• JIS News

    Story Highlights

    • Over 300 Grade 9 and 10 students at Knox High School in Spaldings on Thursday (February 7) participated in a media literacy project of the Broadcasting Commission of Jamaica (BCJ).
    • This is the second visit to the school by the Commission and it is one in a series under its schools' outreach programme. The Commission also used the opportunity to participate in the school's annual career day, which was held on the same day.
    • Among the topics discussed at the session were the new media environment, managing your digital self, digital switchover, cable channel ratings and the Children's Code for Programming that was put in place by the Commission to protect children from the harmful content of some programmes on television, radio and cable.

    Over 300 Grade 9 and 10 students at Knox High School in Spaldings on Thursday (February 7) participated in a media literacy project of the Broadcasting Commission of Jamaica (BCJ).

    This is the second visit to the school by the Commission and it is one in a series under its schools’ outreach programme. The Commission also used the opportunity to participate in the school’s annual career day, which was held on the same day.

    Among the topics discussed at the session were the new media environment, managing your digital self, digital switchover, cable channel ratings and the Children’s Code for Programming that was put in place by the Commission to protect children from the harmful content of some programmes on television, radio and cable.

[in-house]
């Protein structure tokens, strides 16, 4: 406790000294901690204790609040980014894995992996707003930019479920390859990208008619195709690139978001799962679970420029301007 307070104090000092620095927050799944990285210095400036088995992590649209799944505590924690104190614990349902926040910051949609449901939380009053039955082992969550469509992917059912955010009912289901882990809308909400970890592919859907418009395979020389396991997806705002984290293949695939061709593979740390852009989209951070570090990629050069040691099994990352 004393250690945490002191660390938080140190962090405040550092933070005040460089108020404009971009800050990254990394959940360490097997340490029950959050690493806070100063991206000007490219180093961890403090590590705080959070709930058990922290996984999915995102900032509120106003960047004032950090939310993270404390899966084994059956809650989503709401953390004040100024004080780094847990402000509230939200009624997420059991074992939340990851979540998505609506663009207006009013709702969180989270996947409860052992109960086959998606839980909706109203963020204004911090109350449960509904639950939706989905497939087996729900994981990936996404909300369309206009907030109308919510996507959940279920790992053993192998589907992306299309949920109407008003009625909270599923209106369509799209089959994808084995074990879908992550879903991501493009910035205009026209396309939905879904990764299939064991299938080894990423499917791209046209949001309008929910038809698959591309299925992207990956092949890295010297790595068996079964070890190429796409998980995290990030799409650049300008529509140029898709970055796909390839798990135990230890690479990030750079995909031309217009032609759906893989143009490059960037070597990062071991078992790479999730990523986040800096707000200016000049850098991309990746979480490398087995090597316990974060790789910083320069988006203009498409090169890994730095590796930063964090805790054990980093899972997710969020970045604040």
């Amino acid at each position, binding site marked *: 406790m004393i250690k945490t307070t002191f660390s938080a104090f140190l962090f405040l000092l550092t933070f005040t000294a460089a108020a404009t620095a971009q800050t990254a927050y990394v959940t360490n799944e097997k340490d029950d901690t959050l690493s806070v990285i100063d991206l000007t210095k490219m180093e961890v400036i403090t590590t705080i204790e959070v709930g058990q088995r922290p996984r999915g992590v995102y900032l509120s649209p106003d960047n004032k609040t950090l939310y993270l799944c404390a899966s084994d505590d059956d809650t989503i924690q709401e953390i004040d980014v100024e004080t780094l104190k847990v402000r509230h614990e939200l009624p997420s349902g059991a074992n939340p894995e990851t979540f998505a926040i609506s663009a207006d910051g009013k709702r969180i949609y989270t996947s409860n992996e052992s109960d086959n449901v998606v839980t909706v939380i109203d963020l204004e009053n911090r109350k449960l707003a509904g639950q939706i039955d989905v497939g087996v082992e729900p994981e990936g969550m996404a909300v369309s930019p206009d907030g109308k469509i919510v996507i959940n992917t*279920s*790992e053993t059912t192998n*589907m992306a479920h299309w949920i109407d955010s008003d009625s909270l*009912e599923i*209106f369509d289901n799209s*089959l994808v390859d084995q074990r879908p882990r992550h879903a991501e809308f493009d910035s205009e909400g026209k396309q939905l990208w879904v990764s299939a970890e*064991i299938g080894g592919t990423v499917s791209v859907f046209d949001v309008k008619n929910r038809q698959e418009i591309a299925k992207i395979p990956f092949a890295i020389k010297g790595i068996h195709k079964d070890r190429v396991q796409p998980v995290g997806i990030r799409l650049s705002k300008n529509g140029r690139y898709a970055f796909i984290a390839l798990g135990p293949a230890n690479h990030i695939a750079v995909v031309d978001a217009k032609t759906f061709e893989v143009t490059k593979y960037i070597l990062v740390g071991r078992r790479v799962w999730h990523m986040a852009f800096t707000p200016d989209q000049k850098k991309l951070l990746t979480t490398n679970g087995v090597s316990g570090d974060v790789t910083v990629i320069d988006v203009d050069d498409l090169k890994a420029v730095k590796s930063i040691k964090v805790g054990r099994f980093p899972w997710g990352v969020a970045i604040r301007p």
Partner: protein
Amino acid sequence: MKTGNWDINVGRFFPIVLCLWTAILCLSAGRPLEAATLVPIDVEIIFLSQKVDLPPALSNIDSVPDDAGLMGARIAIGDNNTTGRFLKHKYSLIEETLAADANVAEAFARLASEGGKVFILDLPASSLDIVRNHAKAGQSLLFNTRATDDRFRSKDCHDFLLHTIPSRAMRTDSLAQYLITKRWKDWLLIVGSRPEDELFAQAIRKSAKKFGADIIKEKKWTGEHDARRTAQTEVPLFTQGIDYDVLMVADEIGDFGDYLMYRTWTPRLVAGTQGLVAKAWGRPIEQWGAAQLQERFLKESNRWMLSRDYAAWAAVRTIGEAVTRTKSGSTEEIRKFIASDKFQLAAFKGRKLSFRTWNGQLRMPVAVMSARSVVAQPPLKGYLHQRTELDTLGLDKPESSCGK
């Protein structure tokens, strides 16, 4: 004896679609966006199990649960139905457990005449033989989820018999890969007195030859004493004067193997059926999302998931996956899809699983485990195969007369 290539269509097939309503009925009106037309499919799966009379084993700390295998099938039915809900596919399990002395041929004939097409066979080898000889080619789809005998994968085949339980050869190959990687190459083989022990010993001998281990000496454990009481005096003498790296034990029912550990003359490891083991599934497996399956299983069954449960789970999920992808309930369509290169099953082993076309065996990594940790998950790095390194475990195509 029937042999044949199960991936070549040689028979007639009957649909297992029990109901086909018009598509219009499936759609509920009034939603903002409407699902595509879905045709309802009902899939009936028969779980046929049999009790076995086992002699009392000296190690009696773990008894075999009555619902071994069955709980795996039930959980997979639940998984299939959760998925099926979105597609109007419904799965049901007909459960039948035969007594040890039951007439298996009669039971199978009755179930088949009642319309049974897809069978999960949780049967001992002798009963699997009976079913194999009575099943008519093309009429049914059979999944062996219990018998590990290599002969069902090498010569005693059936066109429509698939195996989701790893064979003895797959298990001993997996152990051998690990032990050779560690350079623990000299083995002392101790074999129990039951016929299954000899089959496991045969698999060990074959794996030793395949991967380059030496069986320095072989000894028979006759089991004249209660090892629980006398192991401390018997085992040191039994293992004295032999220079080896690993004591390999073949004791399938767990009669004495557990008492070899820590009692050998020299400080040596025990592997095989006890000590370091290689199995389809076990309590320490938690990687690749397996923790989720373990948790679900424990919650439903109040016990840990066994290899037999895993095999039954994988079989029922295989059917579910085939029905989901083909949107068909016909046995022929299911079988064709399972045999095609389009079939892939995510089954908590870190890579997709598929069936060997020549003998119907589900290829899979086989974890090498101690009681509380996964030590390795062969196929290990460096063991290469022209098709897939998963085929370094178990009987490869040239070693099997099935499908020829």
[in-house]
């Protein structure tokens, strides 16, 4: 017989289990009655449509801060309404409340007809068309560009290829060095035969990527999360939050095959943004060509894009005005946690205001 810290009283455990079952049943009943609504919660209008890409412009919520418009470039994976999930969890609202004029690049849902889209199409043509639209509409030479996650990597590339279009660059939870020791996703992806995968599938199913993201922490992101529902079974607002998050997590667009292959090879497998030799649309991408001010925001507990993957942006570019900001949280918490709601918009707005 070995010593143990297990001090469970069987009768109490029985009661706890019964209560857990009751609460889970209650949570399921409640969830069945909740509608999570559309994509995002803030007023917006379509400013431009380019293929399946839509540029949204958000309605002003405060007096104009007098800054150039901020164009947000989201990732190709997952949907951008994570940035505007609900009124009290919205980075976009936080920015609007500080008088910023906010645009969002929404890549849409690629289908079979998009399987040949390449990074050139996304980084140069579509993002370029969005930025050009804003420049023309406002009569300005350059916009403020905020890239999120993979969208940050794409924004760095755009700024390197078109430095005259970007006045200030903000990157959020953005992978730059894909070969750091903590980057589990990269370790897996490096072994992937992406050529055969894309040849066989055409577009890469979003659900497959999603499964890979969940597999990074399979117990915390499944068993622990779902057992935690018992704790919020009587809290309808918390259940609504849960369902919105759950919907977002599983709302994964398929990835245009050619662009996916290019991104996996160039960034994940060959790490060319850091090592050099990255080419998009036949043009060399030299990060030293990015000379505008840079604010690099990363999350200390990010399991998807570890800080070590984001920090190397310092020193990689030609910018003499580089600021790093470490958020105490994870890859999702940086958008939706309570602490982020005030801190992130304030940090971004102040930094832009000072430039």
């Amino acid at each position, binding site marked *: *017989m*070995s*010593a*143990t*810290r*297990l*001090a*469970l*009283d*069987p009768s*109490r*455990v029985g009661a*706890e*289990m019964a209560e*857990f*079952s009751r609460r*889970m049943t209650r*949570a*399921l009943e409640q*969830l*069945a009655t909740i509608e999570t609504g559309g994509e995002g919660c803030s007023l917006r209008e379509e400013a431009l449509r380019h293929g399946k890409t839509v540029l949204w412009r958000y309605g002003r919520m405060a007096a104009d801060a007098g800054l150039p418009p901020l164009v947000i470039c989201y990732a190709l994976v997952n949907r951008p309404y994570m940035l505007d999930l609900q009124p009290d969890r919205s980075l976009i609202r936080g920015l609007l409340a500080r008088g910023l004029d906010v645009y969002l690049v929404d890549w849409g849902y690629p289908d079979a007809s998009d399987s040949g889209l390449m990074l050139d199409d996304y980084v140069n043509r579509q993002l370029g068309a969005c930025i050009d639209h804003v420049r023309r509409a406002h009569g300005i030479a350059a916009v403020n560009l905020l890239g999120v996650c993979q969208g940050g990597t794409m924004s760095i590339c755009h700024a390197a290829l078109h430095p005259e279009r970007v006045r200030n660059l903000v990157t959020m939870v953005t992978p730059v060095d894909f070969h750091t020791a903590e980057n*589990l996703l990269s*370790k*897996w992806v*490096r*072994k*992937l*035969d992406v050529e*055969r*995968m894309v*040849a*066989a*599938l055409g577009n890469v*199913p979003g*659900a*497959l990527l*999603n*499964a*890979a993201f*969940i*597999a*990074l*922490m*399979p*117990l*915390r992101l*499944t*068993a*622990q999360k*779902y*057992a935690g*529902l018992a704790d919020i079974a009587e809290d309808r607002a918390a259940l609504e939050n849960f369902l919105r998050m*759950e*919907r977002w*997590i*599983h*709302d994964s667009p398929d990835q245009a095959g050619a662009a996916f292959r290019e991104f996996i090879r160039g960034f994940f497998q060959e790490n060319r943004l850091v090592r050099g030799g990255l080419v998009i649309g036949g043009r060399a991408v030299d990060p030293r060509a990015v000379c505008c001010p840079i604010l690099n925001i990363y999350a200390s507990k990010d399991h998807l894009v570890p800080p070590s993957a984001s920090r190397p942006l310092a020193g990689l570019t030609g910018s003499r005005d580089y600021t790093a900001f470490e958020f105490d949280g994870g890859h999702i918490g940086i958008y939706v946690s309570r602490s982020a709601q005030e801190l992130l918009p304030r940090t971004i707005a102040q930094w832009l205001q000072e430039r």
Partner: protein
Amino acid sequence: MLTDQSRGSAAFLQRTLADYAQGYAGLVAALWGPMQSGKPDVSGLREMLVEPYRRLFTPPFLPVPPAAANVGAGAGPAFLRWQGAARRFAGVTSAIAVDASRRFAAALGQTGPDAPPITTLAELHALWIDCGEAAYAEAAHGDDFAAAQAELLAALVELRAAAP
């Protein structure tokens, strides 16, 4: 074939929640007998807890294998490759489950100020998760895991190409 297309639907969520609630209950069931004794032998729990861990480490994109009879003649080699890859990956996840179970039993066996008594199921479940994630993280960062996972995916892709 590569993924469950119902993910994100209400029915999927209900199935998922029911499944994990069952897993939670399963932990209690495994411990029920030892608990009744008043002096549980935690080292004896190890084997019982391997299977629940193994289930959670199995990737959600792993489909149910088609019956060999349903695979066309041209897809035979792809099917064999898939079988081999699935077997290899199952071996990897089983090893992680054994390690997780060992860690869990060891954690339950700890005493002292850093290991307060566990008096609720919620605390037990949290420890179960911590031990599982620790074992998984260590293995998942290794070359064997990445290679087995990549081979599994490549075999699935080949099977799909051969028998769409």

Discussions led by Assistant Executive Director of the BCJ, Karlene Johnson, also focused on the role of the Commission and its efforts to regulate the electronic media.

    “I thought the presentation was very informative. It taught me a lot about the digital environment and how Jamaica is improving digitally,” Grade 9 student, Bridgette Swaby told JIS during an interview.

    She said that she was impressed with plans for the transition from analogue to digital television.

    “I think that’s a very good idea because it will widen the choice of programmes that we will have on television,” she added. There are plans by government to switch over from the current analogue television broadcasting system to a digital system.

    Bridgette, who is now contemplating a career in the Information Technology field, said she is always careful when placing comments and pictures on Facebook. “I don’t like to give bad comments on Facebook because it might come back and haunt me, “she added.

    Another student, Tajaye Fanus said he was grateful for the session, which provided him with information about the advantages and disadvantages of the Internet.

    “I realise that Information Technology will never die. The business is always there and I think it is one of the best fields to enter and to be successful,” he said.

    Mrs. Johnson told the students that they were the future leaders and creators having been born in the “digital age.”

    “You are the creators, you are the innovators, and you are the guys who are finding easier and better ways of doing things in this digital age. At this age, you are the leaders in this digital environment, you are the ones who are taking it forward,” she said.

    She shared success stories of young creators and mentioned United States-based Jamaican social media entrepreneur, Saadiq Rodgers-King and the Northern Caribbean University (NCU) Cup team, who are national and regional champions in the Microsoft Imagine Cup Competition. She reminded the students that they, too, can do “phenomenal things,” noting that the inventors were not much older than the students.

    “We want you guys to become a nation of uploaders, to lead us away from just being mere consumers or downloaders of content,” she added.

    Commenting on the project, Mrs. Johnson said over the past two years, the Commission has visited over 20 schools across the island and has engaged over 2,500 students.